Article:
Hearing sets off debate

31 Jan 2008
00:00

While officials try to work up a final proposal on roaming prices, last week's public hearing has sparked a debates around just how telecom policies should be set.

Far and away the biggest complaint was that the carriers were unwilling to share their costs.

Jiang Xian, a Shanghai consumer representative to the hearing, says the discussion was meaningless with out it. Prices after all are set on the basis of costs, he said. Another expert is quoted as saying: that anyone who could calculate the costs on the evidence available was worthy of a Nobel Prize!

The hearing was convened by the MII, the NDRC and the MII research arm, CATR. With all that accumulated brain power and political clout, why, asked another consumer advocate, couldn't the three agencies have disclosed the cost information themselves‾

The costings aside, others pointed to flaws in the way the hearing was run, according to CCTV's Economic Half-hour, broadcast just days after the event

Under the "Government Price Determination Consultation Method", material for a public hearing on prices must be sent well in advance. In fact, the 18 participants received the two draft proposals just the day before the hearing.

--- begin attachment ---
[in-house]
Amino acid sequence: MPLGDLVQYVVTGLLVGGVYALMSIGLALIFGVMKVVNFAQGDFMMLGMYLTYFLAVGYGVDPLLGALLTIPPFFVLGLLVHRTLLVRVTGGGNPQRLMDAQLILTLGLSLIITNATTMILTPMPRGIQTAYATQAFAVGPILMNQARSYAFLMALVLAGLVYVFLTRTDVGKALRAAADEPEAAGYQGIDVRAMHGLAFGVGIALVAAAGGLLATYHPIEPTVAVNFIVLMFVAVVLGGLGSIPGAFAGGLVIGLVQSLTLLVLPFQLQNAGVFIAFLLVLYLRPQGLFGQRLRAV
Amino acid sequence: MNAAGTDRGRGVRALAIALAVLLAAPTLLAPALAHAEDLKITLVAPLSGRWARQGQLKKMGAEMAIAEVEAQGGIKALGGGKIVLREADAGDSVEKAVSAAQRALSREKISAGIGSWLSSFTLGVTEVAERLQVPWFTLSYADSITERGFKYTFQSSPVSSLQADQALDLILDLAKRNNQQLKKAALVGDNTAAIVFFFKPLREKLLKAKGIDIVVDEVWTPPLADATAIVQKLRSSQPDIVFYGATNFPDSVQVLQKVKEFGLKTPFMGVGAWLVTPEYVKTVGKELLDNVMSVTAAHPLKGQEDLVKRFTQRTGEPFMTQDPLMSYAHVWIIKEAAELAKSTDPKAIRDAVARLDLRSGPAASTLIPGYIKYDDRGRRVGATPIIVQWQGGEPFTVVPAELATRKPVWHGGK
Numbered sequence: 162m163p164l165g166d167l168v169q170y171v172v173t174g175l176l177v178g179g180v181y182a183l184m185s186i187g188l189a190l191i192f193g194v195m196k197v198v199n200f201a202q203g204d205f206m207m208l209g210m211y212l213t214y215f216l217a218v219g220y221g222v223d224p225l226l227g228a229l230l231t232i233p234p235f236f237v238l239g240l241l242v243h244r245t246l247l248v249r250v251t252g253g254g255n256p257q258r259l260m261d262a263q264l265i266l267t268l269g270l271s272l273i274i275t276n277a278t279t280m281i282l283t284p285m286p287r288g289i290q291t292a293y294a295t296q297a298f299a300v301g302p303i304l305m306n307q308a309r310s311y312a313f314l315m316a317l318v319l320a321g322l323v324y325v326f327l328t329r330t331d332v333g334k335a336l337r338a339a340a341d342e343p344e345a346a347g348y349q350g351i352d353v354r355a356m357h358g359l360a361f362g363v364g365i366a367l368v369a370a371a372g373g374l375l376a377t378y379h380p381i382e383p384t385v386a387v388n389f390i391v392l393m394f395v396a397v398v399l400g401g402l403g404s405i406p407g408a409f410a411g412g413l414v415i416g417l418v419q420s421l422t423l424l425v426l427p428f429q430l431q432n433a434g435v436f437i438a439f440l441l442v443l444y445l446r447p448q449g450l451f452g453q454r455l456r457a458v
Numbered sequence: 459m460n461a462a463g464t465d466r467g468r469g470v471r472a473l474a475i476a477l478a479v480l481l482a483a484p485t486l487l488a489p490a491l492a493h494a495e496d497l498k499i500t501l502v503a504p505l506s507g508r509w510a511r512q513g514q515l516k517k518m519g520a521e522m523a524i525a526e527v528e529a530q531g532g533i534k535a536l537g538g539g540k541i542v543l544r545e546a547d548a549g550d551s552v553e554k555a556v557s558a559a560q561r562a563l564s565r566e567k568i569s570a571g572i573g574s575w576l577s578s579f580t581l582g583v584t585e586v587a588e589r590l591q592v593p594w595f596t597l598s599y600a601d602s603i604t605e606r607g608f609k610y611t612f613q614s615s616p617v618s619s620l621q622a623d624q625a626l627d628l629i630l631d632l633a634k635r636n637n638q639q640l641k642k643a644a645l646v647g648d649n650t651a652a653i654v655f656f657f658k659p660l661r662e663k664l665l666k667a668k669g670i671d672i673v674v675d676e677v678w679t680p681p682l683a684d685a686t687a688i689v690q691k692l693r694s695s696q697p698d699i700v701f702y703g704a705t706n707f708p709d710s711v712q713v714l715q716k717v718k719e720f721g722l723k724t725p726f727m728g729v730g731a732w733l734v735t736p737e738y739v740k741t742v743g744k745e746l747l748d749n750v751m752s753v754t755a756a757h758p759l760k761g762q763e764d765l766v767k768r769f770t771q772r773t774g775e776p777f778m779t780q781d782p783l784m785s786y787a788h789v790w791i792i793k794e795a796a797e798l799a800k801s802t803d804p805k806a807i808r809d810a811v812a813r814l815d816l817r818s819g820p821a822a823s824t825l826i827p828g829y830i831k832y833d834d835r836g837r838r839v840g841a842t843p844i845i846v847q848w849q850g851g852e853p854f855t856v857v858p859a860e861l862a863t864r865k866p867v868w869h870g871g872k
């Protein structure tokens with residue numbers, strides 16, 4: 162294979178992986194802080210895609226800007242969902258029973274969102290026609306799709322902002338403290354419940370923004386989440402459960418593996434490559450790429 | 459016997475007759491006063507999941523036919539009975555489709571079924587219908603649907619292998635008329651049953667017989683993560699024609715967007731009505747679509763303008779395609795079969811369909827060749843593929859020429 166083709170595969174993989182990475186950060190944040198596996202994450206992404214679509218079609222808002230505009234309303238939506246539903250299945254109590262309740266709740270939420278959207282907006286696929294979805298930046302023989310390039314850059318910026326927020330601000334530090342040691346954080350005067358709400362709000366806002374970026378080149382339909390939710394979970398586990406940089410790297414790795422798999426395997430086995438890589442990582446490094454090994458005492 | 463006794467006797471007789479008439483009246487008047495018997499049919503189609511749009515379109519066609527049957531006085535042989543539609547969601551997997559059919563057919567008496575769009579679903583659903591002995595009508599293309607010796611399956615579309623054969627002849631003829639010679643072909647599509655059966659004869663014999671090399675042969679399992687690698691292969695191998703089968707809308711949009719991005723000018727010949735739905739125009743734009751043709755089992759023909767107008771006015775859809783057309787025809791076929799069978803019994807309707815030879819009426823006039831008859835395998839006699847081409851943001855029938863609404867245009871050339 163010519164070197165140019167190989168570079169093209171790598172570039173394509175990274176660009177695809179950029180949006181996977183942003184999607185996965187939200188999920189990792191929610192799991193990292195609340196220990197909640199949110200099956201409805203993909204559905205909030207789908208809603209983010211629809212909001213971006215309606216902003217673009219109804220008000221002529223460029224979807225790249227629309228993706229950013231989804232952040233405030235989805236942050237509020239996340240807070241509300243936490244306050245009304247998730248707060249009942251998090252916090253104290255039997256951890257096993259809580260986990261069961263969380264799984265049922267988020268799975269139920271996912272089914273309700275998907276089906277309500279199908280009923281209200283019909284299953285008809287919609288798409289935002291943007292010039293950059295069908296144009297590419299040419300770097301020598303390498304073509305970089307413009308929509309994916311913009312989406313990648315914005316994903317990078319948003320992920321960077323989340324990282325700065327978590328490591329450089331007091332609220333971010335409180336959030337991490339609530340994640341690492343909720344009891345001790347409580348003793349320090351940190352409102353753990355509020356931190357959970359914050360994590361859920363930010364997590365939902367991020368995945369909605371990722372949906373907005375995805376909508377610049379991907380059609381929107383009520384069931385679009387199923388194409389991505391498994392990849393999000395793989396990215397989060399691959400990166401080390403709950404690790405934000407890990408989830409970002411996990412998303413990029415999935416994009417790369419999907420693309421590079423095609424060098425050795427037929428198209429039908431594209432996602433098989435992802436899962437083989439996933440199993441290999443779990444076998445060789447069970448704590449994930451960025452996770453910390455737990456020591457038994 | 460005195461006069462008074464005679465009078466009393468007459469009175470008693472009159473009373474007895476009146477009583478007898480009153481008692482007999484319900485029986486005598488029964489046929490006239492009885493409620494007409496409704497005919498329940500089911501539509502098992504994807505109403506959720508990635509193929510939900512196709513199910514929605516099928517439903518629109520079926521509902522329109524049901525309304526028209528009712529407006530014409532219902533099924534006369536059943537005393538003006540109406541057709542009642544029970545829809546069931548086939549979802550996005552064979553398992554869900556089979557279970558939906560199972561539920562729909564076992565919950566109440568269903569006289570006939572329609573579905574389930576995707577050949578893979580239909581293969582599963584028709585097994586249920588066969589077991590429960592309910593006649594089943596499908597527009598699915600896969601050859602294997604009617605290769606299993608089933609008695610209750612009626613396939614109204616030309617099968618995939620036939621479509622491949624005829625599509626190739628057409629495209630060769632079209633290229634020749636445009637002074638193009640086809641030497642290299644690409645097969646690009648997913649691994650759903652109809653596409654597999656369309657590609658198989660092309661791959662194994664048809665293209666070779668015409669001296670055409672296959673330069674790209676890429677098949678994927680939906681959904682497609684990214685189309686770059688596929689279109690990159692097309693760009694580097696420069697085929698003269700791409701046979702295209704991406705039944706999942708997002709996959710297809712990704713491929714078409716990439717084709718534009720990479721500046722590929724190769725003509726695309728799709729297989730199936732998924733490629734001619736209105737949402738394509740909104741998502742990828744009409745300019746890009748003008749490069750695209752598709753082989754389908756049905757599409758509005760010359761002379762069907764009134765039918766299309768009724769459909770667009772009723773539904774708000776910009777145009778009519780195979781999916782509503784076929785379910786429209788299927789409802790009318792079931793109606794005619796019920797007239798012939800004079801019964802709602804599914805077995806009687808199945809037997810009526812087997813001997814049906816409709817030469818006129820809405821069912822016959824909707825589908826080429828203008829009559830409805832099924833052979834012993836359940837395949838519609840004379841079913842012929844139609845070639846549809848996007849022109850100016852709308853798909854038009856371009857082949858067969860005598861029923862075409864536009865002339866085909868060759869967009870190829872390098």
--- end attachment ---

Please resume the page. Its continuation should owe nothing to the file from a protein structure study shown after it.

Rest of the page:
Critics noted that that no-one from any independent price-setting agencies was invited, as the rules on price-setting hearings also stipulate. Instead, the hearing comprised five consumer representatives, five operator executives, and eight officials and experts.

Finally, some consumer representatives mocked the operators' understanding of their own market.

Hubei consumer delegate Qiao Xinsheng said it was "a joke" that mobile operators refused to make deep price cuts. "Because if you cut, nobody will use a fixed-line phone - everyone will use mobile."

Recent experience bears him out. Last year's elimination of two-way calling led to a surge in mobile subs and a massive hemorrhaging of fixed-line customers.

The hearing process was certainly flawed. Yet in the absence of genuine competition, and a reluctance by both SASAC and the carriers to eliminate domestic roaming fees, it has made some progress. Roaming charges will fall shortly, and the arrival of a third carrier on the scene shortly will surely drive prices down further.

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